Inside the eye of a Daphnia – this common fresh water flea (France)

By using a plankton net in a river, it becomes easy to collect an incredible things. Luckily, we got a lot of Daphnia, this small planktonic crustacean was omnipresent in our sample.

Overview of a Daphnia (source : https://en.wikipedia.org/wiki/Daphnia )

This organism have been well studied as model in biology since its transparency is giving the possibility to see its different organs. From 1–5 millimetres long, Daphnia appears very nicely under a foldscope.

On this video we can clearly see its compound eye, its heart betting super fast, the whole structure of its gut and even a smaller Daphnia that was present inside this bigger one a minute before. It’s interesting to learn that :

Most Daphnia species have a life cycle based on “cyclical parthenogenesis”, alternating between parthenogenetic (asexual) reproduction and sexual reproduction. For most of the growth season, females reproduce asexually.


This organism is a filter feeders because capable of creating a current by beating their legs to bring material into their digestive tract and ingesting mainly unicellular algae that are even visible inside its gut in this video.

The nervous system is characterized by the cerebral ganglion, which is located close to the gut and near the eye. Juvenile and adult Daphnia have one large compound eye, whereas embryos show two brownish eye spots that fuse during the last part of the development. The compound eye helps to orient the animal while swimming. A small structure called a naupliar eye is located between the mouth and the compound eye on top of the cerebral ganglion.

The naupliar eye is generally a single median eye comprising three- or four-pigment cup ocelli, sometimes with a lens, probably enabling the organism to determine the direction of a source of light for orientation. The median eye is typical of crustacean nauplius larvae. It may degenerate as the larva develops, or it may persist into the adult form.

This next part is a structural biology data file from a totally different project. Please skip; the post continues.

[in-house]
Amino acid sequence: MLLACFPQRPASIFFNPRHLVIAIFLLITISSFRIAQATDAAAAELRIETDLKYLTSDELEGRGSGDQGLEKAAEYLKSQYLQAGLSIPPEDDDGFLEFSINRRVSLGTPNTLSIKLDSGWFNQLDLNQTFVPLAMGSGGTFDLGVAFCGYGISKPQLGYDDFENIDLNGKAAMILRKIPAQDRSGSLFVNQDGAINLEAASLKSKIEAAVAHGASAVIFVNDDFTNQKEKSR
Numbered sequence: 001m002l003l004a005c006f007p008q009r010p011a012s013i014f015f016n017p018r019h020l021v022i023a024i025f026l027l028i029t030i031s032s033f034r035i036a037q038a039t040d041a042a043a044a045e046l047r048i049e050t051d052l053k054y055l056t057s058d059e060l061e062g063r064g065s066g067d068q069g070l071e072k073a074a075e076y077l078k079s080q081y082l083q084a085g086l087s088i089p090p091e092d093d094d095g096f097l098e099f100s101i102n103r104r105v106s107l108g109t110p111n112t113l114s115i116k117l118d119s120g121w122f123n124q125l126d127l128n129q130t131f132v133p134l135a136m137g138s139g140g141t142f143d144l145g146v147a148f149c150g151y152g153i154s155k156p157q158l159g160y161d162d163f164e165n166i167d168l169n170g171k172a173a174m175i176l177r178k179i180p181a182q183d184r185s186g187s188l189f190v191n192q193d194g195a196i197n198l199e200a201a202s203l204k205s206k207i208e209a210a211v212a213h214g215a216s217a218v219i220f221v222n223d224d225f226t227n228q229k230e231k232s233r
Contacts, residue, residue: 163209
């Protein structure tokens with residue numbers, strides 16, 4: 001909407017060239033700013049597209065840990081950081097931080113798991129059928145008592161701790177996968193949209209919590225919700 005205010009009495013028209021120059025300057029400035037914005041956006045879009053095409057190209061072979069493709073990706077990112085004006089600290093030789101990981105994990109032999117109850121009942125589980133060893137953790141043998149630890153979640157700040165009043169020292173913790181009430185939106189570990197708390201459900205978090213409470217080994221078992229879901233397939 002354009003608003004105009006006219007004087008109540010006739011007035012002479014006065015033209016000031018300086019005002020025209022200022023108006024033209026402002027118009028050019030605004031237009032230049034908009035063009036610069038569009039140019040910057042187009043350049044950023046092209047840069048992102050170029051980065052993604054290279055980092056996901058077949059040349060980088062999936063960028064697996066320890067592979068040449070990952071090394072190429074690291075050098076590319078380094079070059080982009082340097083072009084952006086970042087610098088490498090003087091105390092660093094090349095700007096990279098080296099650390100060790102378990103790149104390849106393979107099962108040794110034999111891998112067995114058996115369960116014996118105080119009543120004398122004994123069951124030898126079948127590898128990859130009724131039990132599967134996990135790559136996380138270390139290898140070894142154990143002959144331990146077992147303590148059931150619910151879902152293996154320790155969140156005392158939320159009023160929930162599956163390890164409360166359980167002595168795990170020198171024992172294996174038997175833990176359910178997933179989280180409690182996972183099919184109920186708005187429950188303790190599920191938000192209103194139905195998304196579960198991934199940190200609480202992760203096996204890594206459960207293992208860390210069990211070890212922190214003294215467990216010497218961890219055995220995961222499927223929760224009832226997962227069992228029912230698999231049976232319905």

It’s then easy to understand why this eye is capable of a small spinning orienting the visible pigment cup ocelli in the intermediate position to capture the direction of the light more accurately.

Sources :

Ecology, Epidemiology, and Evolution of Parasitism in Daphnia https://www.ncbi.nlm.nih.gov/books/NBK2042/

Wikipedia :
https://en.wikipedia.org/wiki/Daphnia

Encyclopedia : https://www.encyclopedia.com/science/dictionaries-thesauruses-pictures-and-press-releases/nauplius-eye

4 Comments Add yours

  1. MananSuri says:

    This is such an amazing post! The clarity of the slides in this as well as your previous posts is very insightful to the structure and functioning of Daphnia.
    As far as I have read, Daphnia lay eggs, so maybe what you saw inside the larger Daphnia might have been it’s organs.
    I have also been experimenting with making slides of water fleas, but I faced a problem as the fleas got crushed very often on the slide, so do you have any tips on that or perhaps you can share how you made the slide… 🙂

  2. tpollina says:

    Thank you very much @Manansuri !
    The mounting was super simple ! Because I was surrounded by kids, I used transparent tape on a glass slide. Instead of trying to remove the maximum of water, I just let some water around the Daphnia by creating a chamber with the tape. I can post on that simple technique if you don’t understand me 😉 !

    1. MananSuri says:

      Wow that sounds quite interesting and useful . Would really appreciate if you made a post about it. Thank you so much!!

  3. tpollina says:

    Okay Manansuri, I will make that today 😉

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